Credit can feel unlimited. It’s a sort of curse, pushing off your payments into the future. Cash is often the better vehicle for saving money, because it’s inherently limited by the amount you have in your bank account. You can take out a specific amount of cash, staying within your budget, and there’s no risk of going over. If you choose to pay in cash, bring along only the amount that you have budgeted for. When your money’s run out, resist the urge to run to an ATM.
Set Your Expectations Early
If you’re trying to save this holiday season, it’s important to set realistic expectations with your family members and children. Consider setting up a Secret Santa this year when you go to visit your family. Instead of buying everyone a present, each participant is selected to buy a present for just one other person. That instantly cuts down on the amount of money that each person spends, and you can even set a total limit to the amount of money participants are allowed to spend, settling on a number that everyone feels comfortable with.
Try to avoid comparing the presents you buy to the ones that other people can afford. Maybe your sister got a great new job and she’s shelling out hundreds to buy presents. You don’t have to follow suit. Be clear with yourself about your own means.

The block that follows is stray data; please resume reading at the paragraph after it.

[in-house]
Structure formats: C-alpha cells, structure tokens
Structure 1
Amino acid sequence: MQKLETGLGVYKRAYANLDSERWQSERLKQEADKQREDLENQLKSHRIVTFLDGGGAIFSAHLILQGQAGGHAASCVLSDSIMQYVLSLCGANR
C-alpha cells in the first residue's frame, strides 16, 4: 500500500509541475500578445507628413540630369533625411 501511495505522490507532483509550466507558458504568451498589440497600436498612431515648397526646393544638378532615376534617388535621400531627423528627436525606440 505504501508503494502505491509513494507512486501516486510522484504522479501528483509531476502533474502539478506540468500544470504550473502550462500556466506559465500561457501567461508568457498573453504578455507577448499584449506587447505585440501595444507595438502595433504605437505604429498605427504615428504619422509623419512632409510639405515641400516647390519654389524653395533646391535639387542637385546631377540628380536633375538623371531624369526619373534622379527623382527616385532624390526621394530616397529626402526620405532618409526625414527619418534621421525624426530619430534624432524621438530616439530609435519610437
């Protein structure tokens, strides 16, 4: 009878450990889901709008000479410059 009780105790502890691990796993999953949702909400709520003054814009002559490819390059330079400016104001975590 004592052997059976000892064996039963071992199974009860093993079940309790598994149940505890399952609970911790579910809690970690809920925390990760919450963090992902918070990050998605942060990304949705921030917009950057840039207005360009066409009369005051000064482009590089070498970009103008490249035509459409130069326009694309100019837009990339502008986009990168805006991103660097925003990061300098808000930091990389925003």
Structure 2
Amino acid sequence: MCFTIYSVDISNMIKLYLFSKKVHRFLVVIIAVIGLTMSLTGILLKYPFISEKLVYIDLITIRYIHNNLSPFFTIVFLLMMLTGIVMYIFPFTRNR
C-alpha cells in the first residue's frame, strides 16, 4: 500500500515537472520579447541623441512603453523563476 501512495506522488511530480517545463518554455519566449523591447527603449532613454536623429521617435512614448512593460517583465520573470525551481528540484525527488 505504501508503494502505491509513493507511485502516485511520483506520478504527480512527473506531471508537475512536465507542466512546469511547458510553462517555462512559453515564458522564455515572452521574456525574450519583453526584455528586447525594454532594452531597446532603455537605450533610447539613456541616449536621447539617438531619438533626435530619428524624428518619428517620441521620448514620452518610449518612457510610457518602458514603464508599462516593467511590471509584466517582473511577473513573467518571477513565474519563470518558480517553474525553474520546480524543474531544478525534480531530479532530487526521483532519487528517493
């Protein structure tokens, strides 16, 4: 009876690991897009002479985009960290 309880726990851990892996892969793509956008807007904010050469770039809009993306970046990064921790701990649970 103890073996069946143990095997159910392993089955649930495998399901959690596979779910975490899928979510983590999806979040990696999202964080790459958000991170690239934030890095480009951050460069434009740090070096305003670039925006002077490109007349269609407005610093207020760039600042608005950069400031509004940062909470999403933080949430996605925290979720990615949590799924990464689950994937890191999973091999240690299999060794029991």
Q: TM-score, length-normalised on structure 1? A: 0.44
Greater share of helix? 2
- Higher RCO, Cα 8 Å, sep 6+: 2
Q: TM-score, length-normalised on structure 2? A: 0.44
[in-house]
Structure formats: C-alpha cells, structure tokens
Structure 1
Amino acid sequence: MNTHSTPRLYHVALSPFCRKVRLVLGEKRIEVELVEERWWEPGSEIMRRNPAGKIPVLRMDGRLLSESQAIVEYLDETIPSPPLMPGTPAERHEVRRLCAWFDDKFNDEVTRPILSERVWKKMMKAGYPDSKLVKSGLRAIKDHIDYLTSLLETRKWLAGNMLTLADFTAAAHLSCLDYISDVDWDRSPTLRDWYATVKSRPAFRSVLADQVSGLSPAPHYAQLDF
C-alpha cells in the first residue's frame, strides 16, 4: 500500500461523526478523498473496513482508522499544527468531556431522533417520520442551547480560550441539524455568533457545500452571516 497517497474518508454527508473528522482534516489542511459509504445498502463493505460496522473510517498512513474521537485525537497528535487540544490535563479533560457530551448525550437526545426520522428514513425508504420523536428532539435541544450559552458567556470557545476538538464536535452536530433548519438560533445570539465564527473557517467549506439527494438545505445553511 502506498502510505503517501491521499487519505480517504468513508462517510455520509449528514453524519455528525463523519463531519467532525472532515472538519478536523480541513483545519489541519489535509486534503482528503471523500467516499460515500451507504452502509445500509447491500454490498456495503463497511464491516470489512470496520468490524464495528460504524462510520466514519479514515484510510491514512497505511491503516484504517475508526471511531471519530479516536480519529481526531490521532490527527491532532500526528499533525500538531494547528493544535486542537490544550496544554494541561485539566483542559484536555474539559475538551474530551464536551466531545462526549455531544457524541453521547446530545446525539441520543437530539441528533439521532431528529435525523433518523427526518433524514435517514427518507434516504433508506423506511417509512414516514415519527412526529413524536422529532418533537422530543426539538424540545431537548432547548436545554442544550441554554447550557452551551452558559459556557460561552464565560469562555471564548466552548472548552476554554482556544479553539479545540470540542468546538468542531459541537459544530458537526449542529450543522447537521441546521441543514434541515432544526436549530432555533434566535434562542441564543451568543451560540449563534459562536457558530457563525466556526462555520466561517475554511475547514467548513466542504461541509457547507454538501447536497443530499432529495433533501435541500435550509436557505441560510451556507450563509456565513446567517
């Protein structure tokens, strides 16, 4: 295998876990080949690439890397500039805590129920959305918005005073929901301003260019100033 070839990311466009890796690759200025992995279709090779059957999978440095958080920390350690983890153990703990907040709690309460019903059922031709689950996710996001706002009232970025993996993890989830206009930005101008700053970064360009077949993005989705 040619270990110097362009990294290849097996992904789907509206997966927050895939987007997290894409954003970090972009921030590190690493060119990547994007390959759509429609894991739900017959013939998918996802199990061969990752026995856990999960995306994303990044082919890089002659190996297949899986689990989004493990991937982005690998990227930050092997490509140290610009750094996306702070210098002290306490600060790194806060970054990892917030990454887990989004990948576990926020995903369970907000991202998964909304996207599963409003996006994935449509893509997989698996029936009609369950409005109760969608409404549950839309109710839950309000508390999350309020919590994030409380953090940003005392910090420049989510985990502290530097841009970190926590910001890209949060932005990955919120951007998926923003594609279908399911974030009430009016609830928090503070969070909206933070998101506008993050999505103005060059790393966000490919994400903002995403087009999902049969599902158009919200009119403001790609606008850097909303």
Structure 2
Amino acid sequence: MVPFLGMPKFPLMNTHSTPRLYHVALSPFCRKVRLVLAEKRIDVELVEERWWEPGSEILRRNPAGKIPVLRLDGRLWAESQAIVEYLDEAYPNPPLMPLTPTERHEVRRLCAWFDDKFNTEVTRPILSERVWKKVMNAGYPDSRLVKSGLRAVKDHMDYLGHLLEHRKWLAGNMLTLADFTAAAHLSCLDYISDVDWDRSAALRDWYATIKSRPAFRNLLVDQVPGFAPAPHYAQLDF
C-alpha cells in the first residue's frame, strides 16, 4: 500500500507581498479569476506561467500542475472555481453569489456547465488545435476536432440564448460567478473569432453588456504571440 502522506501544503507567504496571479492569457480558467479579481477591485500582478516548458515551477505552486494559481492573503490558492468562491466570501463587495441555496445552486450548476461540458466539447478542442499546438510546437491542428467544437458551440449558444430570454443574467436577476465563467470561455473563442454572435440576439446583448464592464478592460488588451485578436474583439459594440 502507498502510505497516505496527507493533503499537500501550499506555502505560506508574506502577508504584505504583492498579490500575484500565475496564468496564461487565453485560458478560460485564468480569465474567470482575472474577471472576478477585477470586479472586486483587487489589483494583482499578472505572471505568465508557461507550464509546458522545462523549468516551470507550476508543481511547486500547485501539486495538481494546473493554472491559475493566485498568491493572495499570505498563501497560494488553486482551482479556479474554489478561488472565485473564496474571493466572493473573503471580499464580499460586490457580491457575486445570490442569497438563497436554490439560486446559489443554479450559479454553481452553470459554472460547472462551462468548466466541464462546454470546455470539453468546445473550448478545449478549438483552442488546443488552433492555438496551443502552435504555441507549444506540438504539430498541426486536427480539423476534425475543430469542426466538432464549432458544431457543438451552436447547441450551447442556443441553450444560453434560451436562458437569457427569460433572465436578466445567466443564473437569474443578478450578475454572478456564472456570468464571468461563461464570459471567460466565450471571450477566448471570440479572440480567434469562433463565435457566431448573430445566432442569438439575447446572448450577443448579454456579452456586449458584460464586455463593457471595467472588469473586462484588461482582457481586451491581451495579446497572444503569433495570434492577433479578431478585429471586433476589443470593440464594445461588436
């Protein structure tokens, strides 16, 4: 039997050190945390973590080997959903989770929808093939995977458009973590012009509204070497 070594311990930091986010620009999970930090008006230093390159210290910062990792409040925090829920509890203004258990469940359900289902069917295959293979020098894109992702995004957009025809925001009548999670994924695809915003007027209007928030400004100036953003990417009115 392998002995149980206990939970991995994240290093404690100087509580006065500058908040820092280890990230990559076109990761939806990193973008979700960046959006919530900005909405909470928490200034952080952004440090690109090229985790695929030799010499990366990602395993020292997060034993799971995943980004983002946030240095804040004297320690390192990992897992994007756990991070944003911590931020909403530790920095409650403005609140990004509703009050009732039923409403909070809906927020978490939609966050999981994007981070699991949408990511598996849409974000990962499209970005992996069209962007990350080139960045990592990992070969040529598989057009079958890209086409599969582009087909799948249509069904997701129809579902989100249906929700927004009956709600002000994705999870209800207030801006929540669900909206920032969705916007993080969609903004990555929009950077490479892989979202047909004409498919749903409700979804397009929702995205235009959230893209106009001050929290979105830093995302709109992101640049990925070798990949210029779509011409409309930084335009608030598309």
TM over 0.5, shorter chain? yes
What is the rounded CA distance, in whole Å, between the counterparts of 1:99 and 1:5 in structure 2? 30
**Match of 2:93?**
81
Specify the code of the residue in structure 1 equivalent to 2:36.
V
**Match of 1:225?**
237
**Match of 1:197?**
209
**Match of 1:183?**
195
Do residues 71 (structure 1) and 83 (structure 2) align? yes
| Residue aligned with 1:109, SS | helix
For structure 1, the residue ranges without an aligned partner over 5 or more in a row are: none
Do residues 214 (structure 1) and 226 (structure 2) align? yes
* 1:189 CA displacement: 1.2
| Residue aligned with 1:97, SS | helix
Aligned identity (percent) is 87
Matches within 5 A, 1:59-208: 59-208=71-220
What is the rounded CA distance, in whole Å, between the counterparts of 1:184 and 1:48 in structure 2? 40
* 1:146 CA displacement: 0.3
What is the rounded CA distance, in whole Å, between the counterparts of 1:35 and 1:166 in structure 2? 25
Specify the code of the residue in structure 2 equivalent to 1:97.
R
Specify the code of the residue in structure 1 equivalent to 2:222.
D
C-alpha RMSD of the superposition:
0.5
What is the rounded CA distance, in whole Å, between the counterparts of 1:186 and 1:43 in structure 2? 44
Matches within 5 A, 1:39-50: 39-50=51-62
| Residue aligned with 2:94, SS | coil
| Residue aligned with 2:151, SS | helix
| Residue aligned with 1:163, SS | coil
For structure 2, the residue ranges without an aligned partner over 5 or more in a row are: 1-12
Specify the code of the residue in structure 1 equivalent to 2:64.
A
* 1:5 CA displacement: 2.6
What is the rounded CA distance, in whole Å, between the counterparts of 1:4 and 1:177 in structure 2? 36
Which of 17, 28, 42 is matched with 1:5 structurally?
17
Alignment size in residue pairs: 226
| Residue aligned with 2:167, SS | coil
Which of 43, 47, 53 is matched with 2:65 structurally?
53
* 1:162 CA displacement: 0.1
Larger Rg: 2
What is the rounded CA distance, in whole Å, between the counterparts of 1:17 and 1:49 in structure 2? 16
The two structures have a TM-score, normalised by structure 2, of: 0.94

As you are shopping, look for the best deals for your gifts by window-shopping. Always ask the vendors for the prices and see if there is a cheaper vendor somewhere else. Online shopping makes this a whole lot easier. Take advantage of deals offered on Black Friday and Cyber Monday. Today’s online aggregators make comparison shopping a breeze.
Think About Homemade Gifts
If you have some extra time on your hands, homemade gifts can be a great substitute for store-bought presents. Check your list of people who need presents. If you’re buying for loads of people outside of your immediate family, some of them might be happy to receive a plate of fresh-baked cookies, a cake or something that you crocheted. You don’t have to buy anything to spread holiday cheer. Try to be thoughtful, rather than expensive.